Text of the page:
Accepted answer

The <br> tag you're using doesn't have a meaning in SVG -- the fact that Chrome is interpreting it the way you want is in violation of the standard. To get multiline text in SVG, you have basically two options:

  • Use multiple text or tspan elements.
  • Use foreignObject to embed HTML and use e.g. <br> there.

Some more information and pointers in this question.

Edit: These options do not apply to the title element (thanks to AmeliaBR for pointing it out).


The SVG <title> element is treated inconsistently between browsers, because of the fact that it has a similar function but different rules compared with the HTML title attribute. Browsers seem to selectively choose which HTML rules they apply to the SVG and how.

The SVG <title> element specs indicate:

  • The title is primarily for accessibility purposes.

  • Browsers may display the title as a tooltip.

  • The top-level title in a stand-alone SVG document must be displayed, however (usually in the title bar, same as an HTML <title> element).

  • The title may contain content from other namespaces, with proper XML namespace attributes, but there is no indication of how these should be rendered when creating tooltips.

  • Any content not in another namespace should presumably be subject to the general SVG whitespace-handling rules, which require newlines to be ignored.

The HTML title attribute specs indicate that:

  • The title represents additional "advisory information" about the element.

  • Browsers must make the title information available to users, preferably in a device-independent manner (although most only show it on hover).

  • Linebreaks within the attribute must be respected when displaying the tooltip.

  • No other markup is allowed (because it is an attribute, not HTML code).


Browser makers re-use the code for displaying HTML tooltips to display the SVG tooltips, and so things get confusing.

Follow along with this fiddle (remembering that this applies to inline SVG in an HTML document):

  • Hard line breaks and extra whitespace within an SVG <title>:

    • are preserved in Chrome 36, Opera 24 and Firefox 31 (i.e., the HTML attribute rules are applied)

    • are ignored in IE 11 (i.e., the SVG whitespace rules are applied)

  • Markup <br/> elements within an SVG <title>:

    • are stripped from the tooltip in Firefox 31

    • are displayed as linebreaks in Chrome 36, Opera 24 and IE 11

    • are completely ignored in all browsers when XML namespace prefixes are used (this might work differently in an XHTML document)

  • Other markup elements within an SVG <title>, such as SVG <tspan> elements:

    • are stripped from the tooltip in Firefox 31 and IE 11

    • are displayed as plain text (i.e. angle brackets printed out) in Chrome and Opera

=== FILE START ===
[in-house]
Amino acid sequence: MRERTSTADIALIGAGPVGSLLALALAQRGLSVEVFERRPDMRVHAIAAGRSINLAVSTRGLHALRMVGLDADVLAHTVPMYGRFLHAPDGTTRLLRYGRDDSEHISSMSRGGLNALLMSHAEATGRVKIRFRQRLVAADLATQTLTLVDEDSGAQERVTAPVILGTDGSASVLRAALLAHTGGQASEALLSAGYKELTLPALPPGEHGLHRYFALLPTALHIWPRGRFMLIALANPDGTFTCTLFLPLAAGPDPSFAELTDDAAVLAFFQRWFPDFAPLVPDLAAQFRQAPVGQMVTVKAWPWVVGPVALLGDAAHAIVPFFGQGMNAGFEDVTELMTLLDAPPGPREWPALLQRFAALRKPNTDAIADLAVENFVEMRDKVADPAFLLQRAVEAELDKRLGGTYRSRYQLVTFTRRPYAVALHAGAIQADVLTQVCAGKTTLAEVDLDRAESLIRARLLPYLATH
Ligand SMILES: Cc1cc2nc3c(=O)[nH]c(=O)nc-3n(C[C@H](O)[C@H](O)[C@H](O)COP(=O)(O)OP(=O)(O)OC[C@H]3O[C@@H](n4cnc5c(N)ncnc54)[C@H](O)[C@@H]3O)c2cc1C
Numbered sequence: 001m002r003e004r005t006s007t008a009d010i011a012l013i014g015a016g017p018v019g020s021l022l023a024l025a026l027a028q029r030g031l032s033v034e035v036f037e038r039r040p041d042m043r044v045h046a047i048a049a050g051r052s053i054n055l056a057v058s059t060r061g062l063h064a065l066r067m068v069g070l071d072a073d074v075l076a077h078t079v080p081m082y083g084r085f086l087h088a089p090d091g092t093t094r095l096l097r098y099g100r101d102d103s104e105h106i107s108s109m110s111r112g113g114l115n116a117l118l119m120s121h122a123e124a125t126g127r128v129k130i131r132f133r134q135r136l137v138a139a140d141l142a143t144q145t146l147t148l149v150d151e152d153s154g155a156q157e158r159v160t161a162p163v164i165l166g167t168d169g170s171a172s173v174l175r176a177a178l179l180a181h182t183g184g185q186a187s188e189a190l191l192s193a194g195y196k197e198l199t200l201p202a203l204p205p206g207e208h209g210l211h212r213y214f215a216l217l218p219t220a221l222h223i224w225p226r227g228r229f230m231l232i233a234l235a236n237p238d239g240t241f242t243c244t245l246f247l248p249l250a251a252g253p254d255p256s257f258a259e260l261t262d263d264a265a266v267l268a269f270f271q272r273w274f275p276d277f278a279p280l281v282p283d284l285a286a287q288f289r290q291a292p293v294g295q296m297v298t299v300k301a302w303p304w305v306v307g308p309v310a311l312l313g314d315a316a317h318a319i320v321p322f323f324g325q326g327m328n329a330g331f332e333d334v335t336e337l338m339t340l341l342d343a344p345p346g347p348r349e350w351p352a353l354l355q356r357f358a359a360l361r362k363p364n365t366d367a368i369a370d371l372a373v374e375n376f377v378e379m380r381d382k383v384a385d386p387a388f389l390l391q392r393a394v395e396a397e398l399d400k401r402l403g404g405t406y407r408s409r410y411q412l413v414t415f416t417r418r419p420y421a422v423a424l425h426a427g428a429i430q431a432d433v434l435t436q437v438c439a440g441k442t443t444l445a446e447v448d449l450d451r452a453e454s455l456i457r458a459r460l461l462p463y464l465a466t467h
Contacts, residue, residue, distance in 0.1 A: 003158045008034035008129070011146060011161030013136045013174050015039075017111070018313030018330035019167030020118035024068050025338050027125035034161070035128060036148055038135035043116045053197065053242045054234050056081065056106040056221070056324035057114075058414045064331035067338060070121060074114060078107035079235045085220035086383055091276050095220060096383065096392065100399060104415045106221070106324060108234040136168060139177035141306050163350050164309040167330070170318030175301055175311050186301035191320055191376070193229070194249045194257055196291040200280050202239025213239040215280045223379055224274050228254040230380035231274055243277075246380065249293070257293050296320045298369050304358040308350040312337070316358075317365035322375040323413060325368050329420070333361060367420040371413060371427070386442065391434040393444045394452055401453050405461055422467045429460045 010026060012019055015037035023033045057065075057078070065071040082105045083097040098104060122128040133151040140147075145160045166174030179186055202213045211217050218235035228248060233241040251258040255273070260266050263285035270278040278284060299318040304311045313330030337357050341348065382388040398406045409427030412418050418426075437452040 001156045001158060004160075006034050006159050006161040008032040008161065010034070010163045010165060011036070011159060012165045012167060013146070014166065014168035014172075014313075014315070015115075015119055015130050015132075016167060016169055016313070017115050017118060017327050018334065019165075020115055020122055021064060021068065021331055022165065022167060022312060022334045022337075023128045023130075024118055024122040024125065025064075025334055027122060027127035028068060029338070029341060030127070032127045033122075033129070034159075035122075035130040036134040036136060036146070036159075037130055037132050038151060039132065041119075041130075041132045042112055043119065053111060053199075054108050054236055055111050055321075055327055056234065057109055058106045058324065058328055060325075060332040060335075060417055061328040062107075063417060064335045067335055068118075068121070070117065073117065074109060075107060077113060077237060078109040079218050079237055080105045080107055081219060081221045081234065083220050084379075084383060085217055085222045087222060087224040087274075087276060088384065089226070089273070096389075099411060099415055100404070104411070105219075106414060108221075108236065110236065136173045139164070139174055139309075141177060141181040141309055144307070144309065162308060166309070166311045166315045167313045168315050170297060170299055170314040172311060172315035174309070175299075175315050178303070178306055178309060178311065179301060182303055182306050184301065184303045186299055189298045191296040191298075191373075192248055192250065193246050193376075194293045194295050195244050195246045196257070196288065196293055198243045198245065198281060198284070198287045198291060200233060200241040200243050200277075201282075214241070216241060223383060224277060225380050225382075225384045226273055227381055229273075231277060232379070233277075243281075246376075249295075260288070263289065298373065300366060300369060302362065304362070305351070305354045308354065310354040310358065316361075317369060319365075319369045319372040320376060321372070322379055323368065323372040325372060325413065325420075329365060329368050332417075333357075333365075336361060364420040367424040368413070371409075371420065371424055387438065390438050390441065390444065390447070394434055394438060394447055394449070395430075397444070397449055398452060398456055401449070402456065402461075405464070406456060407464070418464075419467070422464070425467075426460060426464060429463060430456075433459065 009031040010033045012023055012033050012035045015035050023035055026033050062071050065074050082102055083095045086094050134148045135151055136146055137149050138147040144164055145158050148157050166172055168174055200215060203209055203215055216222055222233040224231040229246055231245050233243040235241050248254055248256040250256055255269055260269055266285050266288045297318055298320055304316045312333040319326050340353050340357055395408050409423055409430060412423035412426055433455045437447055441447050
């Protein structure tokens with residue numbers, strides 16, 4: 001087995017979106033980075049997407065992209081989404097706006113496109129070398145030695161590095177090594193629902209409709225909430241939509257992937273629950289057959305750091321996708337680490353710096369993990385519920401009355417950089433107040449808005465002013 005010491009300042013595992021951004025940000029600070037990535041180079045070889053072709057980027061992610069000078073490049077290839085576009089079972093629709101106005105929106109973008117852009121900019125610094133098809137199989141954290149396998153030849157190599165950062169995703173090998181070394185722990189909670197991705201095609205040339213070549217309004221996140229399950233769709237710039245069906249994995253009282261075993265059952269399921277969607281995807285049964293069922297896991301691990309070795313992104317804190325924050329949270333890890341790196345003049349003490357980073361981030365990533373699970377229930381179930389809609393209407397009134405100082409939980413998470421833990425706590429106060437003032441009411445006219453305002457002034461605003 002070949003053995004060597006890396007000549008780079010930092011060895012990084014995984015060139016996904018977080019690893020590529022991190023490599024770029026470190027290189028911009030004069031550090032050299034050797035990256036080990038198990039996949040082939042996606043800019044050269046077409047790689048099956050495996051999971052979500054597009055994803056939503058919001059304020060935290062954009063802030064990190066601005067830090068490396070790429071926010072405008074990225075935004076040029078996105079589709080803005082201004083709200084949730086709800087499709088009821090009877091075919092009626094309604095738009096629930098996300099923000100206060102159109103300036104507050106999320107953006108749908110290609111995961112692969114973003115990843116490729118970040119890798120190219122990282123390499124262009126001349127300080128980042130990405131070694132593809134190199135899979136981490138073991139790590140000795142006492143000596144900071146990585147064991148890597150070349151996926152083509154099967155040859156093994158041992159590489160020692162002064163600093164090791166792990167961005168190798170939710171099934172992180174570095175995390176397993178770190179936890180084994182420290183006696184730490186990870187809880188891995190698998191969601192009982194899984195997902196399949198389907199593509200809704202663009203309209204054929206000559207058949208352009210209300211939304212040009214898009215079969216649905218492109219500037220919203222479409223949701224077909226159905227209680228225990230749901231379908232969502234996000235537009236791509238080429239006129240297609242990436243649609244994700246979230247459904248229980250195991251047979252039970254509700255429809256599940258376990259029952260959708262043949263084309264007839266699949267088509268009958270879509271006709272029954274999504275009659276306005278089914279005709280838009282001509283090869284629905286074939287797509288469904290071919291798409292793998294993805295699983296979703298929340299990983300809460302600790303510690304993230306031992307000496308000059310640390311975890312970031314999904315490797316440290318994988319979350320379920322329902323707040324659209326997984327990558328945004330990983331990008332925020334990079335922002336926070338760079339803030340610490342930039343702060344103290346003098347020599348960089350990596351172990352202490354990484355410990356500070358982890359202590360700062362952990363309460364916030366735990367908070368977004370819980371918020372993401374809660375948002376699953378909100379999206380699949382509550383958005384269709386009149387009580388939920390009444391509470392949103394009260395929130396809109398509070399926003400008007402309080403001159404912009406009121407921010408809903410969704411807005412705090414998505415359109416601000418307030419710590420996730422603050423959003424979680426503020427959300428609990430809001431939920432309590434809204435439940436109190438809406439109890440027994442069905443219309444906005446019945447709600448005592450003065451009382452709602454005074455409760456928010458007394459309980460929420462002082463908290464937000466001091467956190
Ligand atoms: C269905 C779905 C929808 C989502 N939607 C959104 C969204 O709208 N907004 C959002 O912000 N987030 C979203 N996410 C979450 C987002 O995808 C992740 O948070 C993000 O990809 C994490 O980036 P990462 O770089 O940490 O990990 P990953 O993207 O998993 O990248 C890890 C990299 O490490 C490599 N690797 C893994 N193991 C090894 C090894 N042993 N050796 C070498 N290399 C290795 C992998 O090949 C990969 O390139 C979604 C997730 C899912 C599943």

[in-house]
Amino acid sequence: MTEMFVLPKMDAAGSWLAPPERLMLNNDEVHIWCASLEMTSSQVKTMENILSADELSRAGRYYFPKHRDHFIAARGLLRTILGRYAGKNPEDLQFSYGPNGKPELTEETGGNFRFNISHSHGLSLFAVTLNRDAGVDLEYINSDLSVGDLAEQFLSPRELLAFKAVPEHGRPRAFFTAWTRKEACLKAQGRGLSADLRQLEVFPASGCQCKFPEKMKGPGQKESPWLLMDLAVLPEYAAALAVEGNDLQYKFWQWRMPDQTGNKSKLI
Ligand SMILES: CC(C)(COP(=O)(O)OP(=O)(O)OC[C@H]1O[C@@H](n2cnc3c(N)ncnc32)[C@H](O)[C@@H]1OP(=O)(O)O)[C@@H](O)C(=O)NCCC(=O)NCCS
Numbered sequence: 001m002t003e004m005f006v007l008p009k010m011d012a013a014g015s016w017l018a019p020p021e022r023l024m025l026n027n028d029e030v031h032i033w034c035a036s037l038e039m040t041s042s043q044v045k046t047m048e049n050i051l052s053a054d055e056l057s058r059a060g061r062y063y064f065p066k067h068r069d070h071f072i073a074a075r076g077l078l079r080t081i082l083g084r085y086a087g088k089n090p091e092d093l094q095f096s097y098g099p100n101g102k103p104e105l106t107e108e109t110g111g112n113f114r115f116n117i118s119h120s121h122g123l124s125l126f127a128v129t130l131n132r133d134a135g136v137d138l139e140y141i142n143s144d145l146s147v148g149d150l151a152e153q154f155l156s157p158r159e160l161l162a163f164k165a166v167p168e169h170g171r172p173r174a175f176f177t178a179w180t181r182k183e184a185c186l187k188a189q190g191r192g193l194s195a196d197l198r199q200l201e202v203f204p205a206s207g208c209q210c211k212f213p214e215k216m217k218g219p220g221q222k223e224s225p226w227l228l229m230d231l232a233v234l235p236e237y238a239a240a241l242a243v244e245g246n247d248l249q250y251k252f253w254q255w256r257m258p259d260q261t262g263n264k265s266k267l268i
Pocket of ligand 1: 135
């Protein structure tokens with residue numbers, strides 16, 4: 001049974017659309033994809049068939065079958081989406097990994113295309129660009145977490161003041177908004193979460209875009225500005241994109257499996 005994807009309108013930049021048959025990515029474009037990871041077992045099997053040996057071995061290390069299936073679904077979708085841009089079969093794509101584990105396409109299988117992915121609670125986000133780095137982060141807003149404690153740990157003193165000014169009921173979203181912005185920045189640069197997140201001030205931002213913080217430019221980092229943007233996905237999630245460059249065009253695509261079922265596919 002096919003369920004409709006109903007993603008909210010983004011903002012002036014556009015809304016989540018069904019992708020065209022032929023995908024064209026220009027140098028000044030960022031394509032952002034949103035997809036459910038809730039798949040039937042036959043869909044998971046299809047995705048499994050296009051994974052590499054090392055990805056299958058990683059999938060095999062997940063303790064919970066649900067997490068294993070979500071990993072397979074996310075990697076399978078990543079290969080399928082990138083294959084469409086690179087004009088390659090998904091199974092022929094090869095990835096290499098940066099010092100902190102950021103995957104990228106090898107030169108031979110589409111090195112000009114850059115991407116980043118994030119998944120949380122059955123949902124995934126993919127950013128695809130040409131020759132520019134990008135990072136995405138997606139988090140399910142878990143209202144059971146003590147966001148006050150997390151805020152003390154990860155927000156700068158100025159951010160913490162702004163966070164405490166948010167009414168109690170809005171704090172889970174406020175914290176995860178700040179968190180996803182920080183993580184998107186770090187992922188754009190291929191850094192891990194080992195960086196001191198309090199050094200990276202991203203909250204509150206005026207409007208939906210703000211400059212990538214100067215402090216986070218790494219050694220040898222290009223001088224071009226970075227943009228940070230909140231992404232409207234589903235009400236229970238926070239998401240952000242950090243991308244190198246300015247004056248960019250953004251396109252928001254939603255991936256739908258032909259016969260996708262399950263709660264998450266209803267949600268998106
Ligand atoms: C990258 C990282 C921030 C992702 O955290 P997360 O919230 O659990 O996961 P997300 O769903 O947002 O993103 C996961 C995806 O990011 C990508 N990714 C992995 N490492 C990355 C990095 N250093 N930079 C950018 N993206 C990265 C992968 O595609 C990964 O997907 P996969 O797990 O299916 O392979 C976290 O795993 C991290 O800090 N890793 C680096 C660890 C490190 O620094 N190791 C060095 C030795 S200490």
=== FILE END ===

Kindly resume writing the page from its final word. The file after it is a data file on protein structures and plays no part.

• Hard line breaks and extra whitespace are preserved in HTML title attributes, and extra markup is rendered as plain text, in all browsers tested (correctly)

So, the completely hacky and not according to specs way to get a multi-line tooltip in inline SVG, is to use both <br/> tags (un-namespaced or with a change in the default namespace) and hard line breaks within your <title> element:

    <circle cx="250" r="50">
        <title><span xmlns="">Title with <br/>
a line break</span></title>

Works in current versions of Chrome, Opera, Firefox and IE (haven't tested in Safari or mobile), although the webkit-based browsers will create an extra blank line.

Be warned, however: you won't be able to create the above markup with the d3 selection.html() method in most browsers, because that function relies on the HTMLElement.innerHTML DOM property, which isn't defined on SVG elements. You'd need to create text nodes and a <br> element separately. The easiest approach is to use a dummy HTML element as a parent, use innerHTML property to create the mixed content, and then append that to the title element:

      .attr("class", "dot")
      .attr("r", "50")
      .attr("cx", function(d,i){return i*100 + 50;})
  .append(function(d, i){
      //when the parameter to `append()` is a function
      //it will be run for each element in the active selection
      //(in this case, the title elements)
      //and must return the actual element node to append.

      var span = document.createElement("span");
      span.innerHTML = "This is element <br/>\n #" + i;
      //the \n will be converted in Javascript to a line break
      return span;

That's all mostly a curiosity. If you want a more reliable solution, follow Lars' answer for a link to how to create a <foreignObject> tooltip, or check out this Codepen demo for information about how to use Javascript to overlay an absolutely positioned <div> on top of your SVG.

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